Generic Name: vecuronium (VEK ue ROE nee um)
Brand Name: Vecuronium Bromide, Norcuron
What is vecuronium?
Vecuronium is used to relax the muscles. It works by blocking the signals between your nerves and your muscles.
Vecuronium is given before general anesthesia in preparing you for surgery. Vecuronium helps to keep your body still during surgery. It also relaxes your throat so a breathing tube can be more easily inserted before the surgery.
Vecuronium may also be used for purposes not listed in this medication guide.
What is the most important information I should know about vecuronium?
Tell your doctor if you have ever had a severe allergic reaction to any type of anesthesia.
What should I discuss with my health care provider before receiving vecuronium?
You should not receive vecuronium if you are allergic to it. Tell your doctor if you have ever had a severe allergic reaction to any type of anesthesia.
To make sure vecuronium is safe for you, tell your doctor if you have:
cirrhosis or other liver disease;
a history of kidney disease;
heart disease or congestive heart failure;
problems with circulation; or
a nerve-muscle disorder such as ALS (Lou Gehrig's disease), MS (multiple sclerosis), or muscular dystrophy.
FDA pregnancy category C. It is not known whether vecuronium will harm an unborn baby. Tell your doctor if you are pregnant or plan to become pregnant while using this medicine.
It is not known whether vecuronium passes into breast milk or if it could harm a nursing baby. Tell your doctor if you are breast-feeding a baby.
How is vecuronium given?
Vecuronium is injected into a muscle, or into a vein through an IV. A healthcare provider will give you this injection.
Your breathing, blood pressure, oxygen levels, heart function, and other vital signs will be watched closely while you are receiving vecuronium.
It may take you longer to recover from the effects of vecuronium if you have cirrhosis or other liver disease.
What happens if I miss a dose?
Since vecuronium is usually given just for anesthesia, you are not likely to be on a dosing schedule.
What happens if I overdose?
Since this medicine is given by a healthcare professional in a medical setting, an overdose is unlikely to occur.
What should I avoid after receiving vecuronium?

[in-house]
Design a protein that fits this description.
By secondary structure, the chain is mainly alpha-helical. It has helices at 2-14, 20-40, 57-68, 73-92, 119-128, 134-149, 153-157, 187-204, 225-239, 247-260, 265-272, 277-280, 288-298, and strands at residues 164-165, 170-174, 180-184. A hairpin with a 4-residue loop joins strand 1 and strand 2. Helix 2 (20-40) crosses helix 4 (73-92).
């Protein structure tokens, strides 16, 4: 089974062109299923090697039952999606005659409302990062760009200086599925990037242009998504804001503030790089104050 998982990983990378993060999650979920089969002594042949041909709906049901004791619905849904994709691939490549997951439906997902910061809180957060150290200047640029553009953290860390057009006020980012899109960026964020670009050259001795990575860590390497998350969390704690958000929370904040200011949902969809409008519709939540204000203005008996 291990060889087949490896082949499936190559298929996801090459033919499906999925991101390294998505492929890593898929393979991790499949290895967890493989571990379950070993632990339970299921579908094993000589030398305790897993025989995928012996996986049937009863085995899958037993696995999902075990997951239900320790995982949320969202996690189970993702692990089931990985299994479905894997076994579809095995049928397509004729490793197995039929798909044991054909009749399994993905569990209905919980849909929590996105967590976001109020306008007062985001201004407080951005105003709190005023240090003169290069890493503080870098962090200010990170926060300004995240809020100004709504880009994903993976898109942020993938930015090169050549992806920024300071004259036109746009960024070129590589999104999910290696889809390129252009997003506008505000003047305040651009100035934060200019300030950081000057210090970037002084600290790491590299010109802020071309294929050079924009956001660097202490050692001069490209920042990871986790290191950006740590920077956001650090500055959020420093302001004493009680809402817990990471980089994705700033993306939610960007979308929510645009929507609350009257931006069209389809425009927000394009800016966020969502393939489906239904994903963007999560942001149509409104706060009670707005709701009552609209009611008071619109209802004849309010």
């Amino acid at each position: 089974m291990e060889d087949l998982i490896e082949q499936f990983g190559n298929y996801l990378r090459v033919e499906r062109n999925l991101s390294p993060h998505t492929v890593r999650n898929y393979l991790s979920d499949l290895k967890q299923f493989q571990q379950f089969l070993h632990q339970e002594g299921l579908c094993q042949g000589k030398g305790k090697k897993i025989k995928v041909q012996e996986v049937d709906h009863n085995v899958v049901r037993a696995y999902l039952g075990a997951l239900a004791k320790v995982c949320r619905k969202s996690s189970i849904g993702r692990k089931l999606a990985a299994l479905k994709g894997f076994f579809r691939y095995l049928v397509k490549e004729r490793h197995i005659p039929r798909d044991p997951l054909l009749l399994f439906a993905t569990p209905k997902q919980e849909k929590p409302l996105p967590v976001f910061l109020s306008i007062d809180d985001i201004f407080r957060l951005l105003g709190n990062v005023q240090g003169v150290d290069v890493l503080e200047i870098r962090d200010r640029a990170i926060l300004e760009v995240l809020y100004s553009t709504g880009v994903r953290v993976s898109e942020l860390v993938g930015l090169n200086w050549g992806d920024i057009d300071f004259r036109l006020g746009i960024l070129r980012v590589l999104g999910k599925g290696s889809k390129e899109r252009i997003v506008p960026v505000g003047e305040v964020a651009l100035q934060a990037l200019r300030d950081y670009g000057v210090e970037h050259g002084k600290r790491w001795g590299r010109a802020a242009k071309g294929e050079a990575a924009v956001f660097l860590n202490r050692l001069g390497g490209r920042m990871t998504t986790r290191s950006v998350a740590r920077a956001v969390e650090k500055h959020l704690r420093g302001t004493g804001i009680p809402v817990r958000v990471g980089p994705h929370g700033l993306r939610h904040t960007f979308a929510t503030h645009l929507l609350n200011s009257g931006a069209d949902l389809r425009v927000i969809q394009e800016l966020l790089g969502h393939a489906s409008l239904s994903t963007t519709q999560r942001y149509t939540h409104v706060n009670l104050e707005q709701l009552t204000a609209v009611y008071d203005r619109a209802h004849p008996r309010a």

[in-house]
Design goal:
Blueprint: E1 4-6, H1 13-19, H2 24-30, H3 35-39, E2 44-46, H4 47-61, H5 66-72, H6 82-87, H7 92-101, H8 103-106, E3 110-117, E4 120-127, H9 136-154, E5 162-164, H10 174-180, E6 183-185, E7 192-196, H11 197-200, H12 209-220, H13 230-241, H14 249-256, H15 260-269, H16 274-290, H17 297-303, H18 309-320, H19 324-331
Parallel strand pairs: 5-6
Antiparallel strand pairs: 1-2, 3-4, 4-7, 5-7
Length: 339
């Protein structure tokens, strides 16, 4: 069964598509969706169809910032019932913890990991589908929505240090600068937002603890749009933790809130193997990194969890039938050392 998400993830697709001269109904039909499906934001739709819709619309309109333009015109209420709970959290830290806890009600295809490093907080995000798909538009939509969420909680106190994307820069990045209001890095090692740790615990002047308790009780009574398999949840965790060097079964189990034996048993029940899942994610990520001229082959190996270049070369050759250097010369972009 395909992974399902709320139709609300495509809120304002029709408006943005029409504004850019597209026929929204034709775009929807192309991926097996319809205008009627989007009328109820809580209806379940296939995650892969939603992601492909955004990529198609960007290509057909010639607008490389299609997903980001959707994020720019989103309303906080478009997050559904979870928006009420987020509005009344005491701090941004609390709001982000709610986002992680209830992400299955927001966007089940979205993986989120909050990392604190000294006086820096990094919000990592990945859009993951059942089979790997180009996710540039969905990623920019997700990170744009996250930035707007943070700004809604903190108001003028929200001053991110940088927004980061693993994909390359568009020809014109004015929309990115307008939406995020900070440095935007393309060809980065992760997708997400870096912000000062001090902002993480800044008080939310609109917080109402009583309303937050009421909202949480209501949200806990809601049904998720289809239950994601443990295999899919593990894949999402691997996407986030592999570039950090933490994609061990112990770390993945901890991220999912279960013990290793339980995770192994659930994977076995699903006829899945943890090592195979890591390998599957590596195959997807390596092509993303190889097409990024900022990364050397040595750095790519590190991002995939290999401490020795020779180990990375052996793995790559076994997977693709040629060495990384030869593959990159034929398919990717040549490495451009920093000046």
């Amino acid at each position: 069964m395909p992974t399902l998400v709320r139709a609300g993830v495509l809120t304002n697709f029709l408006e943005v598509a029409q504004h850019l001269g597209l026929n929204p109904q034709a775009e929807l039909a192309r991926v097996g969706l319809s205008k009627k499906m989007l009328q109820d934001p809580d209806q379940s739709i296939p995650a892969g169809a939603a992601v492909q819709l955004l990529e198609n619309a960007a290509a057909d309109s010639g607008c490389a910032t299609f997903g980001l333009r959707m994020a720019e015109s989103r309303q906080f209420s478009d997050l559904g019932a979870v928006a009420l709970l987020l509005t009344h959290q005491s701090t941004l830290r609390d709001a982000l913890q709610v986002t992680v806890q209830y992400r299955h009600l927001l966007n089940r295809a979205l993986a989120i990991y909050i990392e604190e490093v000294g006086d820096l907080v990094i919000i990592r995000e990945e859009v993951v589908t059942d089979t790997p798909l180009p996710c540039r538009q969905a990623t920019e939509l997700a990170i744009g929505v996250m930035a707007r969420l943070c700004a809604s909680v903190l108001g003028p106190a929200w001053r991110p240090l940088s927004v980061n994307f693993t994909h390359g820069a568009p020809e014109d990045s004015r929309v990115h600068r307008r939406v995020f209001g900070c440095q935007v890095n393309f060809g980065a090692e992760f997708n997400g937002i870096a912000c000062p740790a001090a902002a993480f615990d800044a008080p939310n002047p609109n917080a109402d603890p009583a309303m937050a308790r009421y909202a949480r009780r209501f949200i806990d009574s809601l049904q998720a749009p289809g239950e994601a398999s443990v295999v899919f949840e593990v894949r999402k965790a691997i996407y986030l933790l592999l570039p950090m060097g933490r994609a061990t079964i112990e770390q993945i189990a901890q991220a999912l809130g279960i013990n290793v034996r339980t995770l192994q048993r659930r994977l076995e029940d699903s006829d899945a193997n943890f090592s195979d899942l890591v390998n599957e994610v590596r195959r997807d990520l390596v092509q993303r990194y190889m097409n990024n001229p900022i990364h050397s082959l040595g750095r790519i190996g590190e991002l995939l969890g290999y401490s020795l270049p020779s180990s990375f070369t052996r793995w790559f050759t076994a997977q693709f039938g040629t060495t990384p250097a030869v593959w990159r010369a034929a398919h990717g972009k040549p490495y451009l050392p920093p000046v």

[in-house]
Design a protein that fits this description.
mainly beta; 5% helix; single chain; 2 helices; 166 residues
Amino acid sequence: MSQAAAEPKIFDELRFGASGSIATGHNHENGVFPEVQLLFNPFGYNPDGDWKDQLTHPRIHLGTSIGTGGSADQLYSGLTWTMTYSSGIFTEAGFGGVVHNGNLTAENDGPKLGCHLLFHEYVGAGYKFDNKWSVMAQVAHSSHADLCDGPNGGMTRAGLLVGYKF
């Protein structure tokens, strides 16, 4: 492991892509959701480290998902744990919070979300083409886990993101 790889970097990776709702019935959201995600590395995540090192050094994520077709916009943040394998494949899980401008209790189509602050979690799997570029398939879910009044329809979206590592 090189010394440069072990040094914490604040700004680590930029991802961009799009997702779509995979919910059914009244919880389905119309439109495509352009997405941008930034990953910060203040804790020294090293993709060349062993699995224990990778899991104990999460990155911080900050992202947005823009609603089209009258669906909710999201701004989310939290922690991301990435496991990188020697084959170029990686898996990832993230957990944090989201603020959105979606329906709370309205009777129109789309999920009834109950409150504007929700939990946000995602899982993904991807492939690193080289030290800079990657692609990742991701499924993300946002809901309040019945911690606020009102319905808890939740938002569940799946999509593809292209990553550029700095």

Follow your doctor's instructions about any restrictions on food, beverages, or activity.
Vecuronium side effects
Get emergency medical help if you have any of these signs of an allergic reaction: hives; difficult breathing; swelling of your face, lips, tongue, or throat.
You will remain under constant supervision during treatment with vecuronium. Your caregivers will watch for any serious side effects.
Tell your caregivers right away if you have:
weak or shallow breathing;
ongoing muscle weakness; or
loss of movement in any part of your body.
Common side effects may include:
This is not a complete list of side effects and others may occur. Call your doctor for medical advice about side effects. You may report side effects to FDA at 1-800-FDA-1088.
See also: Side effects (in more detail)
Vecuronium dosing information
Usual Adult Dose for Anesthesia:
Initial dose: 0.08 to 0.1 mg/kg. Maintenance dose during prolonged surgical procedures: 0.01 to 0.015 mg/kg 25 to 40 minutes later, then as frequently as every 12 to 15 minutes.
Continuous infusion: Initiate with an intubating dose of 80 to 100 mcg/kg followed 20 to 40 minutes later with 0.8 to 1.2 mcg/kg/minute.
What other drugs will affect vecuronium?
Other drugs may interact with vecuronium, including prescription and over-the-counter medicines, vitamins, and herbal products. Tell each of your health care providers about all medicines you use now and any medicine you start or stop using.
Where can I get more information?
- Your doctor or pharmacist can provide more information about vecuronium.
- Remember, keep this and all other medicines out of the reach of children, never share your medicines with others, and use this medication only for the indication prescribed.
- Disclaimer: Every effort has been made to ensure that the information provided by Cerner Multum, Inc. ('Multum') is accurate, up-to-date, and complete, but no guarantee is made to that effect. Drug information contained herein may be time sensitive. Multum information has been compiled for use by healthcare practitioners and consumers in the United States and therefore Multum does not warrant that uses outside of the United States are appropriate, unless specifically indicated otherwise. Multum's drug information does not endorse drugs, diagnose patients or recommend therapy. Multum's drug information is an informational resource designed to assist licensed healthcare practitioners in caring for their patients and/or to serve consumers viewing this service as a supplement to, and not a substitute for, the expertise, skill, knowledge and judgment of healthcare practitioners. The absence of a warning for a given drug or drug combination in no way should be construed to indicate that the drug or drug combination is safe, effective or appropriate for any given patient. Multum does not assume any responsibility for any aspect of healthcare administered with the aid of information Multum provides. The information contained herein is not intended to cover all possible uses, directions, precautions, warnings, drug interactions, allergic reactions, or adverse effects. If you have questions about the drugs you are taking, check with your doctor, nurse or pharmacist.
Copyright 1996-2012 Cerner Multum, Inc. Version: 2.01.
Date modified: November 30, 2016
Last reviewed: July 28, 2014